I want you to know that even though it seems like you’re never going to survive and there’s no way out of this cycle, at some point, things will change. Life will get a little bit easier. You may not have tons of money to throw around, but you’ll have an extra dollar for your son to buy a slice of pizza at school. You’ll be able to put gas in your car before your running on fumes and fervent wishes. You’ll be able to replace that spilled milk, you’ll be able to eat more than one meal a day, and you’ll be able to go to the grocery store without compulsively doing math in your head.
Maybe you’ll change your living situation. Maybe you’ll get a better job. Maybe a roommate will move in. There are a million ways that things can change, and I don’t know what will change for you. But eventually, something will. And then life will get a little bit easier.
Until they do, try to find the space for some gratitude, even though it might be really hard right now. Try to do things that help you relieve the constant agonizing stress. Just going outside and looking at the sunshine or listening to the birds can make a world of difference.
You’ve made it this far. You’ve gotten through every broke period in your entire life. You’ll get through this one too.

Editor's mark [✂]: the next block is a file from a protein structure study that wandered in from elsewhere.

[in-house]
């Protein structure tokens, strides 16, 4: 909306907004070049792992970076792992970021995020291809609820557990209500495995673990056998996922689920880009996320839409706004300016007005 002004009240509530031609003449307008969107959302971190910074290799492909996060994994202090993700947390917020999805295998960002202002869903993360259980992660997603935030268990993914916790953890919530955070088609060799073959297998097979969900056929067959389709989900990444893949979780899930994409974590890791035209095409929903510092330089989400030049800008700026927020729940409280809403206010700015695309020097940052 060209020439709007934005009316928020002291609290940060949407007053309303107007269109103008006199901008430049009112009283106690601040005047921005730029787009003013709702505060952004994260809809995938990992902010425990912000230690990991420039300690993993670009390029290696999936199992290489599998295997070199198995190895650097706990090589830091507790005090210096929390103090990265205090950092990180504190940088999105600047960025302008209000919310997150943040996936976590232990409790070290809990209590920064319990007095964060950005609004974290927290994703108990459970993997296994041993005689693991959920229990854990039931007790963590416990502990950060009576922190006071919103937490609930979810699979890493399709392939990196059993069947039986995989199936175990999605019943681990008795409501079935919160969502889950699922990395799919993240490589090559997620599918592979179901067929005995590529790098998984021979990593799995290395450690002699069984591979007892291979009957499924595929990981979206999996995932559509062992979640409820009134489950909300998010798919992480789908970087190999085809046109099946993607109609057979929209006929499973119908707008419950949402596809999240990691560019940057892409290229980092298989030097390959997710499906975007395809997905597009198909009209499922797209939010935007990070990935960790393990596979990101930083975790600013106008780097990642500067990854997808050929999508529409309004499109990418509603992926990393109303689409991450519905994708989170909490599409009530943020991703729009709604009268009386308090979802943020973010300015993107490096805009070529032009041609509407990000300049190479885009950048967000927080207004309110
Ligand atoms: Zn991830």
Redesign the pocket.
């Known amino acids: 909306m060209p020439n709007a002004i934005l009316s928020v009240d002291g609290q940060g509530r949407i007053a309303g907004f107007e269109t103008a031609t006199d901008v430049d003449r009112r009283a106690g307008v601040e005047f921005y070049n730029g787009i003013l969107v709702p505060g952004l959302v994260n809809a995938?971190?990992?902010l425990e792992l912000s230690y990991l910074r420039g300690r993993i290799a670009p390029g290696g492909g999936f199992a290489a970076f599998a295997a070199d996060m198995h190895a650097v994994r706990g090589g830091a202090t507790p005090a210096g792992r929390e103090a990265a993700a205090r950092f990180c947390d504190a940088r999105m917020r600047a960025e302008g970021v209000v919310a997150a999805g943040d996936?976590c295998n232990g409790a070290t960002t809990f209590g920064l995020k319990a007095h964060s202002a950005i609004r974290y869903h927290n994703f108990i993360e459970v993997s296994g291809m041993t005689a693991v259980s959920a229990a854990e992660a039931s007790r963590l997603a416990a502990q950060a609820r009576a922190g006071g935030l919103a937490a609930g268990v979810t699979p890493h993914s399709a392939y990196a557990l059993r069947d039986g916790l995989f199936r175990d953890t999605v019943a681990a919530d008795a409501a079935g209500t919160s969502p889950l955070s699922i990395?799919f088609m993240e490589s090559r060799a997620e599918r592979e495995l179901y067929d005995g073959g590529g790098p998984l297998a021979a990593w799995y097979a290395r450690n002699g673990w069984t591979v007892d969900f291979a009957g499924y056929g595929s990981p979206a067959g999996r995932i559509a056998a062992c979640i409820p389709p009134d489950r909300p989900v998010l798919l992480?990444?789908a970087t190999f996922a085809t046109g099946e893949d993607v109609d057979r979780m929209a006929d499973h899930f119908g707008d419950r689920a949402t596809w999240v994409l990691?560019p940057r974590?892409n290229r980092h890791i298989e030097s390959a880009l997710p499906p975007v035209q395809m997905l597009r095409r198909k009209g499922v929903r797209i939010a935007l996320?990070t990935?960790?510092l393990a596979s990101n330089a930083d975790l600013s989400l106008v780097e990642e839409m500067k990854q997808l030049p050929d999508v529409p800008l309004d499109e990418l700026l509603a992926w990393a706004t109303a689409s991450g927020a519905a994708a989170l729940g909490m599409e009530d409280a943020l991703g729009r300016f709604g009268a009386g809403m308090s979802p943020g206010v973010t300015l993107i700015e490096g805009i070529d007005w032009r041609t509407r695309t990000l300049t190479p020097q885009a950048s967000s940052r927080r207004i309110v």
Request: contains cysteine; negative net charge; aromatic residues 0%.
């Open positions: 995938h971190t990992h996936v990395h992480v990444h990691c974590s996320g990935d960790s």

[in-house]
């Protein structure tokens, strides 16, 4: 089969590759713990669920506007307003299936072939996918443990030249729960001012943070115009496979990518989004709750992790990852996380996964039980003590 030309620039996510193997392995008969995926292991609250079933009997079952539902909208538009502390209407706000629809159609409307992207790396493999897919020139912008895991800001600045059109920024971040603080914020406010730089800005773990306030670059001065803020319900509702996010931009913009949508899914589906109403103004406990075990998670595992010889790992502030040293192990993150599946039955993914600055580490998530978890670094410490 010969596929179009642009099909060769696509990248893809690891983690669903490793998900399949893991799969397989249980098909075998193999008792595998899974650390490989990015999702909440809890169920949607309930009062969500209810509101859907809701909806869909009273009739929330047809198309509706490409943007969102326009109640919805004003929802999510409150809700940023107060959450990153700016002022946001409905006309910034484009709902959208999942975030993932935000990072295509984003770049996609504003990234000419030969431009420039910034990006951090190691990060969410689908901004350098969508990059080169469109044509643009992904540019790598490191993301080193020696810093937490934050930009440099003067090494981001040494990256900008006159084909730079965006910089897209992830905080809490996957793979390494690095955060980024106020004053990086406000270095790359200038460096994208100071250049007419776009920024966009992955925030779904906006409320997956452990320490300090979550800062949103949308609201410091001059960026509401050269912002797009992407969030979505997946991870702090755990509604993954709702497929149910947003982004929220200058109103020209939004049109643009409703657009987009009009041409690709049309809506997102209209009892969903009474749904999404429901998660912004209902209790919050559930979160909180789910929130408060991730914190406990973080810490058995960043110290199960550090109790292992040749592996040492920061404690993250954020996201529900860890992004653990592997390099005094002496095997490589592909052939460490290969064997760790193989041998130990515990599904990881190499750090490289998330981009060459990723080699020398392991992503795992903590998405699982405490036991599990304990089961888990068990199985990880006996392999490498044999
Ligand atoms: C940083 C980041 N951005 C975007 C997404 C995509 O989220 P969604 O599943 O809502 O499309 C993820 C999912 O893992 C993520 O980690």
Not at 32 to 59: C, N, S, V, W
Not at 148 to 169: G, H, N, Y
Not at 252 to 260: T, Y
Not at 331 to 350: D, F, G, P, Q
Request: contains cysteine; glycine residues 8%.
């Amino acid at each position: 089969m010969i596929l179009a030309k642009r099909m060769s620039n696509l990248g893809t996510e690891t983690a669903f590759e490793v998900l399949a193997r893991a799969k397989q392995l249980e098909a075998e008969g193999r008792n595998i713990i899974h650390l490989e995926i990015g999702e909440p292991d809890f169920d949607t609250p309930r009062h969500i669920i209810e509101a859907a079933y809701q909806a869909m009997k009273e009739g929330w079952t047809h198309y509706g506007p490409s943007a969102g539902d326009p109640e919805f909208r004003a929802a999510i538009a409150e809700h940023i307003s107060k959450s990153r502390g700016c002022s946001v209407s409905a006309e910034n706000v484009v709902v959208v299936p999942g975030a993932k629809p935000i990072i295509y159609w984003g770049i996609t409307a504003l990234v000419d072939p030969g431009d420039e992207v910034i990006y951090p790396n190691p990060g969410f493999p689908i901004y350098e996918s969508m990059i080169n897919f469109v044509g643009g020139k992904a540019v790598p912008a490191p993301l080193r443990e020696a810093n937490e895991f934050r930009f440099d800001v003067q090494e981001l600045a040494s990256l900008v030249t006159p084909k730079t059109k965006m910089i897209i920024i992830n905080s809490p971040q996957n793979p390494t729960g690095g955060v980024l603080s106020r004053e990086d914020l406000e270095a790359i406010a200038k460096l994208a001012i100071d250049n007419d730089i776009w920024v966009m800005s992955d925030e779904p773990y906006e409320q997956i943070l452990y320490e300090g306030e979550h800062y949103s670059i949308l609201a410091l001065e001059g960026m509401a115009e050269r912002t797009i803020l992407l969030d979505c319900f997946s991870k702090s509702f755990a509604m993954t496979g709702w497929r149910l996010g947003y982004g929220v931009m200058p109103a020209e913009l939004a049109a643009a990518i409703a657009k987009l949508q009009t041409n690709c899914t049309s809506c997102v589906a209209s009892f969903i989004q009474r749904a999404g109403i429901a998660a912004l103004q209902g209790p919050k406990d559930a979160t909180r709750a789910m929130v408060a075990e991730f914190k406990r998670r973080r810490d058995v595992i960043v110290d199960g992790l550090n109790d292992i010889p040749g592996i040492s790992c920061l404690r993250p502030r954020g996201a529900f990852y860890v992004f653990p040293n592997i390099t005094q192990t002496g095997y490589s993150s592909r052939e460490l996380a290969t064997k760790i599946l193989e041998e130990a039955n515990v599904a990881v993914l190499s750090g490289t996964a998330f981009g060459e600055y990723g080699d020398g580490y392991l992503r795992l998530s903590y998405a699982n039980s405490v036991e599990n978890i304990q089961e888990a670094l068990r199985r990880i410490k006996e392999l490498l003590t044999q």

I know you will.
Just hang in there.
Have you ever been so broke you didn’t have a single dollar to spare?
Have you ever had any of the experiences outlined in this article? Have you ever felt this level of financial stress? How did you break the cycle? Are you dealing with this currently? Do you have any words of encouragement for people going through it now?
Let’s talk about it in the comments section.
Daisy Luther is a coffee-swigging, adventure-seeking, globe-trotting blogger. She is the founder and publisher of three websites. 1) The Organic Prepper, which is about current events, preparedness, self-reliance, and the pursuit of liberty; 2) The Frugalite, a website with thrifty tips and solutions to help people get a handle on their personal finances without feeling deprived; and 3) PreppersDailyNews.com, an aggregate site where you can find links to all the most important news for those who wish to be prepared. Her work is widely republished across alternative media and she has appeared in many interviews.
Daisy is the best-selling author of 5 traditionally published books, 12 self-published books, and runs a small digital publishing company with PDF guides, printables, and courses at SelfRelianceand Survival.com You can find her on Facebook, Pinterest, Gab, MeWe, Parler, Instagram, and Twitter.